Good Practice Guide to Interviewing: keeping within the law

Interviewing, thankfully, isn’t what it used to be; you can no longer have a cosy conversation with the candidate about who they are, what they do in their spare time, what they get up to with their family if they have one, when they left school, why they want to join your company at their age (whether young or old); which is essentially having a chat to get to know them. Why? Because most of these questions are now unlawful since they could be construed as discriminatory.

The Equality Act 2010 impacts significantly on the recruitment process, from what you can and cannot say in a job advert, to what you shouldn’t ask in an interview and during the selection process.

Imagine the scenario: you ask a female candidate how old her children are and whether the job location is commutable. Simple questions you might ask someone you meet socially. However, if you don’t offer the candidate the job can she claim discrimination (on the grounds of being a female with a young family) since you implied that commuting might be a problem with a young family, which obviously it wouldn’t be to a man?

See how easy it is to fall foul of the law?

The equality Act 2010 makes it unlawful to discriminate against candidates on the grounds of:

  • Age
  • Gender Reassignment
  • Marital Status
  • Whether pregnant or on maternity leave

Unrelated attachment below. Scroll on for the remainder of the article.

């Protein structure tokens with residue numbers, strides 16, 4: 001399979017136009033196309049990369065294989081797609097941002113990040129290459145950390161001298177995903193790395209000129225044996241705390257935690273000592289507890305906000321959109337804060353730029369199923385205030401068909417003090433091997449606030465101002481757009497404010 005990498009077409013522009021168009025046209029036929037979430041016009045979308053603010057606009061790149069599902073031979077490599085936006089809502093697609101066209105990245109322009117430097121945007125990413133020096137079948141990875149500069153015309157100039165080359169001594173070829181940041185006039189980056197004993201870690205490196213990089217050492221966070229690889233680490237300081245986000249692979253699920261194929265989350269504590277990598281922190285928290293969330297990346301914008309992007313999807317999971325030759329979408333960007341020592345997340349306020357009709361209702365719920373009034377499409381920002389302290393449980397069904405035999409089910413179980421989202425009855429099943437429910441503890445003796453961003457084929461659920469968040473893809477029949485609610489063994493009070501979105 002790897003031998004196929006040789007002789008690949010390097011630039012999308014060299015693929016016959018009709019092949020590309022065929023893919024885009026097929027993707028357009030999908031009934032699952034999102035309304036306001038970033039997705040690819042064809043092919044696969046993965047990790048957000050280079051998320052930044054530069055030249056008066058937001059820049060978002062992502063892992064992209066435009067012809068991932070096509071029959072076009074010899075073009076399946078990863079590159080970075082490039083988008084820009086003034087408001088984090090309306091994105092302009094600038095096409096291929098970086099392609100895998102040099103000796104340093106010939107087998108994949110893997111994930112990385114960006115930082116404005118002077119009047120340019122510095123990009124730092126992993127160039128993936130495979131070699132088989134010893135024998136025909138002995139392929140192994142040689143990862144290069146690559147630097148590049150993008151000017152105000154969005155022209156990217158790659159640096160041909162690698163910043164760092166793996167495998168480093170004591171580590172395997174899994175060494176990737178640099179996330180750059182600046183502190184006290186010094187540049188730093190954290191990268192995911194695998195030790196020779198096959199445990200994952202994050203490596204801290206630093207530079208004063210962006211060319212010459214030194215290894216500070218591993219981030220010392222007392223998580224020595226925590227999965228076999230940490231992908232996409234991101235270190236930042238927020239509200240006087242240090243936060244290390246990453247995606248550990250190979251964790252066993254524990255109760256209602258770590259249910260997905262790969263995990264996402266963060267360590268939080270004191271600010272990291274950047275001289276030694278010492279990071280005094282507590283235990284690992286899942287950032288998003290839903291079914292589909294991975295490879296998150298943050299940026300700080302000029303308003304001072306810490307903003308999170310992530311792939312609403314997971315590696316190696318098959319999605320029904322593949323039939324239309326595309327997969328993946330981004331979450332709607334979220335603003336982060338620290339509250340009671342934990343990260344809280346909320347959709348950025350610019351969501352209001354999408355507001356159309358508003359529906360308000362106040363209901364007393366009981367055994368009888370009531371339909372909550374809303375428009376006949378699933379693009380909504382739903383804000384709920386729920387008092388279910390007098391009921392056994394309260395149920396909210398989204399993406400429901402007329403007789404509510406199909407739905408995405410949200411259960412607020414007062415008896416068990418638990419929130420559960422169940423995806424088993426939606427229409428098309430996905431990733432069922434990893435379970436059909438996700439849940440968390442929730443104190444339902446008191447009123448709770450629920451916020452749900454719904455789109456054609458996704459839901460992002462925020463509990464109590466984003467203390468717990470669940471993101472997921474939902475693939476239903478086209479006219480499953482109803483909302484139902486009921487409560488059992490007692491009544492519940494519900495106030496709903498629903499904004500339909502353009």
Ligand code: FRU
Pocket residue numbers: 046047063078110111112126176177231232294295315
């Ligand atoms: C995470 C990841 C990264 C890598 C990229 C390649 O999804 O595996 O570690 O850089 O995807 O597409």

• Disability
  • Race, colour, nationality or ethnicity
  • Religion and beliefs
  • Sex
  • Sexual Orientation
  • Trade Union Membership

This means that you can’t ask any questions related to any of these, nor can you use terms such as salesman or waitress – anything gender specific in fact – in an advert or on an application form. Nor can you use any terms that are age related such as ‘mature’, ‘young’, ‘highly experienced’, ‘recent graduate’ or ‘school leaver’. You can’t even ask for ‘twenty years’ experience as it precludes someone who is too young to have got that many years’ experience.

Obviously, there are a few exceptions, such as jobs that are physically demanding and require you to be fit and able-bodied. However, if a candidate is disabled then you shouldn’t assume that they cannot do the job; rather, look at the skills and competencies required for the role and find out if the candidate has these, before discounting them. You can also positively discriminate if you are actively recruiting a disabled person for example. In terms of age you can ask for a date of birth if the role requires the person to be a certain age such as barman selling alcohol who must be aged 18 plus.

To protect yourself you should check thoroughly your adverts, application forms, job descriptions and selection/interview materials to ensure compliance. You should also take time to write down the questions that will be asked in an interview and during the selection process. This will make sure that you ask all the relevant questions you need answers to and prevent you from asking those that you shouldn’t.

For more information go to:

Links to other pages

Ten Questions to ask your Search Firm
Nine Key Steps to Successfully Recruiting Overseas
Five Steps to Succession Planning